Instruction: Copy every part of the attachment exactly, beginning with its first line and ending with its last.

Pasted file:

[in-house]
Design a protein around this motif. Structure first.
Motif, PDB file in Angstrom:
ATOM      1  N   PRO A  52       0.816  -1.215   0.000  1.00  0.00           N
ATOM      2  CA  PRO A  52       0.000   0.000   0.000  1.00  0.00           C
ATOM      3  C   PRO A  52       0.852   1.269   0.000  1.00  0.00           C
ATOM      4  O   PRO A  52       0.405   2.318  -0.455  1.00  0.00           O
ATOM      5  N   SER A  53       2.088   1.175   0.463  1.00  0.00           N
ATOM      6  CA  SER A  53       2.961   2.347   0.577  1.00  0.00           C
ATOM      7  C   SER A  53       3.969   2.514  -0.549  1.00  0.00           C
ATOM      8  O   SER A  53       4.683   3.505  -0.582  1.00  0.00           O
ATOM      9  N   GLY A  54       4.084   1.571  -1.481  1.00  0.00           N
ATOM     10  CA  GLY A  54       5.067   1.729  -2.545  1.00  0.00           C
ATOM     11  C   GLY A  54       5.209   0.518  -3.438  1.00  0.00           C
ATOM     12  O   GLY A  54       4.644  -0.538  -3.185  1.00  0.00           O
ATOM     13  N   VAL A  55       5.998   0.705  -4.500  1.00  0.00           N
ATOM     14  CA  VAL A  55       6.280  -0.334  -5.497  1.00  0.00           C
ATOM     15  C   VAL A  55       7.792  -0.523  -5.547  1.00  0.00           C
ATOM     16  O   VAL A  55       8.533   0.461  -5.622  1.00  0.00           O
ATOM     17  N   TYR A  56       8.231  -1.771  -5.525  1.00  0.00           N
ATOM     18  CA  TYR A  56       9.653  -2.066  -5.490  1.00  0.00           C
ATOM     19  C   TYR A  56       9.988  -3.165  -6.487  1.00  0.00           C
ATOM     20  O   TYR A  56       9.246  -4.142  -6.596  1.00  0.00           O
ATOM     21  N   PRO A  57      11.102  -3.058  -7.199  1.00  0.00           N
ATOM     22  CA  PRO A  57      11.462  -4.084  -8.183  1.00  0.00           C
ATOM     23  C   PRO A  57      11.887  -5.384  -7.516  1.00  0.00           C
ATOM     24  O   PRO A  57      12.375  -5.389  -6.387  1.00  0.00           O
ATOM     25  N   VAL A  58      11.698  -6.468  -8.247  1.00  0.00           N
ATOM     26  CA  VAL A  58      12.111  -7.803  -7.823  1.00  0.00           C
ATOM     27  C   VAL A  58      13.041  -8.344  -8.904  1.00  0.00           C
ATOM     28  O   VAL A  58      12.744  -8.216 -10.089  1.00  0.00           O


[in-house]
Design a protein around this motif. Structure first.
Motif, PDB file in Angstrom:
ATOM      1  N   PRO A  52       0.816  -1.215   0.000  1.00  0.00           N
ATOM      2  CA  PRO A  52       0.000   0.000   0.000  1.00  0.00           C
ATOM      3  C   PRO A  52       0.852   1.269   0.000  1.00  0.00           C
ATOM      4  O   PRO A  52       0.405   2.318  -0.455  1.00  0.00           O
ATOM      5  N   SER A  53       2.088   1.175   0.463  1.00  0.00           N
ATOM      6  CA  SER A  53       2.961   2.347   0.577  1.00  0.00           C
ATOM      7  C   SER A  53       3.969   2.514  -0.549  1.00  0.00           C
ATOM      8  O   SER A  53       4.683   3.505  -0.582  1.00  0.00           O
ATOM      9  N   GLY A  54       4.084   1.571  -1.481  1.00  0.00           N
ATOM     10  CA  GLY A  54       5.067   1.729  -2.545  1.00  0.00           C
ATOM     11  C   GLY A  54       5.209   0.518  -3.438  1.00  0.00           C
ATOM     12  O   GLY A  54       4.644  -0.538  -3.185  1.00  0.00           O
ATOM     13  N   VAL A  55       5.998   0.705  -4.500  1.00  0.00           N
ATOM     14  CA  VAL A  55       6.280  -0.334  -5.497  1.00  0.00           C
ATOM     15  C   VAL A  55       7.792  -0.523  -5.547  1.00  0.00           C
ATOM     16  O   VAL A  55       8.533   0.461  -5.622  1.00  0.00           O
ATOM     17  N   TYR A  56       8.231  -1.771  -5.525  1.00  0.00           N
ATOM     18  CA  TYR A  56       9.653  -2.066  -5.490  1.00  0.00           C
ATOM     19  C   TYR A  56       9.988  -3.165  -6.487  1.00  0.00           C
ATOM     20  O   TYR A  56       9.246  -4.142  -6.596  1.00  0.00           O
ATOM     21  N   PRO A  57      11.102  -3.058  -7.199  1.00  0.00           N
ATOM     22  CA  PRO A  57      11.462  -4.084  -8.183  1.00  0.00           C
ATOM     23  C   PRO A  57      11.887  -5.384  -7.516  1.00  0.00           C
ATOM     24  O   PRO A  57      12.375  -5.389  -6.387  1.00  0.00           O
ATOM     25  N   VAL A  58      11.698  -6.468  -8.247  1.00  0.00           N
ATOM     26  CA  VAL A  58      12.111  -7.803  -7.823  1.00  0.00           C
ATOM     27  C   VAL A  58      13.041  -8.344  -8.904  1.00  0.00           C
ATOM     28  O   VAL A  58      12.744  -8.216 -10.089  1.00  0.00           O